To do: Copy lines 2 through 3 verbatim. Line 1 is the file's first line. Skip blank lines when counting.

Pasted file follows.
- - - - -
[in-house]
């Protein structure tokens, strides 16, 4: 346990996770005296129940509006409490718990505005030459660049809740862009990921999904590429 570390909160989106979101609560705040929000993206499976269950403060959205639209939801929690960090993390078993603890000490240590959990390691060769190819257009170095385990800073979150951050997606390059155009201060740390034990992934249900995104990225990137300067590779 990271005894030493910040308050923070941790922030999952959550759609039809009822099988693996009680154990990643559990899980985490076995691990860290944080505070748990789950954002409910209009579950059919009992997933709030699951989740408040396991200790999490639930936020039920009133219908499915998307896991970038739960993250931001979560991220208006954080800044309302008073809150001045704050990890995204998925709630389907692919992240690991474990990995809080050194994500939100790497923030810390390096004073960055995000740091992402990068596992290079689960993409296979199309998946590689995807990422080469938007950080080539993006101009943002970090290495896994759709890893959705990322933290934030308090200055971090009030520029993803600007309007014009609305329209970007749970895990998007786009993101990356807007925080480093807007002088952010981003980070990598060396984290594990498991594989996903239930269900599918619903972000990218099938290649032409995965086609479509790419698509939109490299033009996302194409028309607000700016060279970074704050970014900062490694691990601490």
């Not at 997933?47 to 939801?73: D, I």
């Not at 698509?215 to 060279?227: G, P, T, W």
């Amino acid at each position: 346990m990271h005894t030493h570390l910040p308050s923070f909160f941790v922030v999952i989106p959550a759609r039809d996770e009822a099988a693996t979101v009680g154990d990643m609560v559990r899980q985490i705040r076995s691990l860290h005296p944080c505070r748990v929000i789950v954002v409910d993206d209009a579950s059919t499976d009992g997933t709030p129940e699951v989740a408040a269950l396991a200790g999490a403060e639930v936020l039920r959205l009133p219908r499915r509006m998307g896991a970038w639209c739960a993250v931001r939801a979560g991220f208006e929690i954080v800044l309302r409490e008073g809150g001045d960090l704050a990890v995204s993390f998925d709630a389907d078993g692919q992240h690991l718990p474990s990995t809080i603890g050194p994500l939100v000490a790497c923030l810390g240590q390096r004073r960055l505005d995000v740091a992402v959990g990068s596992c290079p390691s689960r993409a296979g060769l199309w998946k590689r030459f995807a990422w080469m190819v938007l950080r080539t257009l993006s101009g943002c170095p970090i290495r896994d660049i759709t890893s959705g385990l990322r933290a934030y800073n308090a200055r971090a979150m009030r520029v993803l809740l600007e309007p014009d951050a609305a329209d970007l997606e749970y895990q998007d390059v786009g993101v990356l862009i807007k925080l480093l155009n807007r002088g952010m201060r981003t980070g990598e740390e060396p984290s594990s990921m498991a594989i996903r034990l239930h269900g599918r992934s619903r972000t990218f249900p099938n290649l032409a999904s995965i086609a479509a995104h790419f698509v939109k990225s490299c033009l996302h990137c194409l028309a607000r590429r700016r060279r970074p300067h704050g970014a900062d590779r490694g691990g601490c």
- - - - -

């Protein structure tokens, strides 16, 4: 346990996770005296129940509006409490718990505005030459660049809740862009990921999904590429 570390909160989106979101609560705040929000993206499976269950403060959205639209939801929690960090993390078993603890000490240590959990390691060769190819257009170095385990800073979150951050997606390059155009201060740390034990992934249900995104990225990137300067590779 990271005894030493910040308050923070941790922030999952959550759609039809009822099988693996009680154990990643559990899980985490076995691990860290944080505070748990789950954002409910209009579950059919009992997933709030699951989740408040396991200790999490639930936020039920009133219908499915998307896991970038739960993250931001979560991220208006954080800044309302008073809150001045704050990890995204998925709630389907692919992240690991474990990995809080050194994500939100790497923030810390390096004073960055995000740091992402990068596992290079689960993409296979199309998946590689995807990422080469938007950080080539993006101009943002970090290495896994759709890893959705990322933290934030308090200055971090009030520029993803600007309007014009609305329209970007749970895990998007786009993101990356807007925080480093807007002088952010981003980070990598060396984290594990498991594989996903239930269900599918619903972000990218099938290649032409995965086609479509790419698509939109490299033009996302194409028309607000700016060279970074704050970014900062490694691990601490």
């Not at 997933?47 to 939801?73: D, I």